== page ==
~by: Jewel Philemon~
On 6 September 2011, Mr Lee Kuan Yew, speaking at the annual Ministerial Forum series organised by the NTU Students’ Union said that there were “grim statistics” from the Institute of Policy Studies stating that 60,000 migrants were needed a year to keep Singapore’s economy young (see HERE),
When he made that comment he was referring to Institute of Policy Studies’ (IPS) project (embarked on 2007) to study the scenarios of future population growth and change for Singapore.
IPS released a report of the project today which highlights some of the project’s findings. Two questions are examined in this report:
- What will the future population of Singapore look like if the Total Fertility Rate (TFR) remains extremely low over the long term; and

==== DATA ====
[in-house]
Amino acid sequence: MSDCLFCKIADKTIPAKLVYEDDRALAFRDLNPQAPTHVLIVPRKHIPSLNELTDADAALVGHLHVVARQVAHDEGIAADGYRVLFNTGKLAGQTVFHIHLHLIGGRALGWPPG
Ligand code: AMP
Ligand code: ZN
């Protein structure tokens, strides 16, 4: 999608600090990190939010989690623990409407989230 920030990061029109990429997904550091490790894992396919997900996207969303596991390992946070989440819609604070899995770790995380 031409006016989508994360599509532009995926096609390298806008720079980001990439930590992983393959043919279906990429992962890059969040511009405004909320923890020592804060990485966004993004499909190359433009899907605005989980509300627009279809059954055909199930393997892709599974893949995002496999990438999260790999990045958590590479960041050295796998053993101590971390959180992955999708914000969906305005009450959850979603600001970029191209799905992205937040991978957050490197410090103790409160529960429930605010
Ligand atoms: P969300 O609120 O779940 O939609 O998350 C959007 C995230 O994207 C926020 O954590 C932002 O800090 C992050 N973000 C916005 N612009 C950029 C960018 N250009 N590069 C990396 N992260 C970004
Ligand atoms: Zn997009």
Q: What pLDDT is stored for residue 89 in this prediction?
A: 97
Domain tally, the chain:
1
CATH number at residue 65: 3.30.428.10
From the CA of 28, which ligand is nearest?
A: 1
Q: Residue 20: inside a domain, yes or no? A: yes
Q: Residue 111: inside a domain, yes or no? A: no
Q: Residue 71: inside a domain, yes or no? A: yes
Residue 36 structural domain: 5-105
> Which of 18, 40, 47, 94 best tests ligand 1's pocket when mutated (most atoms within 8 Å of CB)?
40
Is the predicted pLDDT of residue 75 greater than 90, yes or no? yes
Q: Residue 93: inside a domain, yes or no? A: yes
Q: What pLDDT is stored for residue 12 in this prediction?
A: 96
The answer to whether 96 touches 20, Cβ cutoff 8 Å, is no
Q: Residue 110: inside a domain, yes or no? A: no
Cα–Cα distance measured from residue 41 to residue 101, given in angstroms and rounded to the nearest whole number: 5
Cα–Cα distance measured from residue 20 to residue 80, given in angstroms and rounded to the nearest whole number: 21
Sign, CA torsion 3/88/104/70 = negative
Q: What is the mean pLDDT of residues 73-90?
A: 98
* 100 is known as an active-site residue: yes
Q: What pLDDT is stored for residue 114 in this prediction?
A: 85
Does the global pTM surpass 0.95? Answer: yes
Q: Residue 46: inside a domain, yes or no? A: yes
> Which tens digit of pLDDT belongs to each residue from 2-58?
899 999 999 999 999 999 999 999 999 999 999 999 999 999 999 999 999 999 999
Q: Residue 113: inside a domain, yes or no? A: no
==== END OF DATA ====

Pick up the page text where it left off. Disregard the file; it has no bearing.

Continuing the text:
- What will be the likely effects of raising the TFR versus increasing immigration on the future population of Singapore?
The report by IPS assumes several scenarios in trying to answer these questions. And one of the scenarios assumed says that if Total Fertility Rate remains at 1.24 births per woman and 30,000 net migrants are added annually throughout the projection period (Constant Low Fertility, Low Migration), the number of the young in 2050 will only be slightly lower than the young in 2005 (about 650,000).
The report and the project findings are here:
Download the report and findings HERE.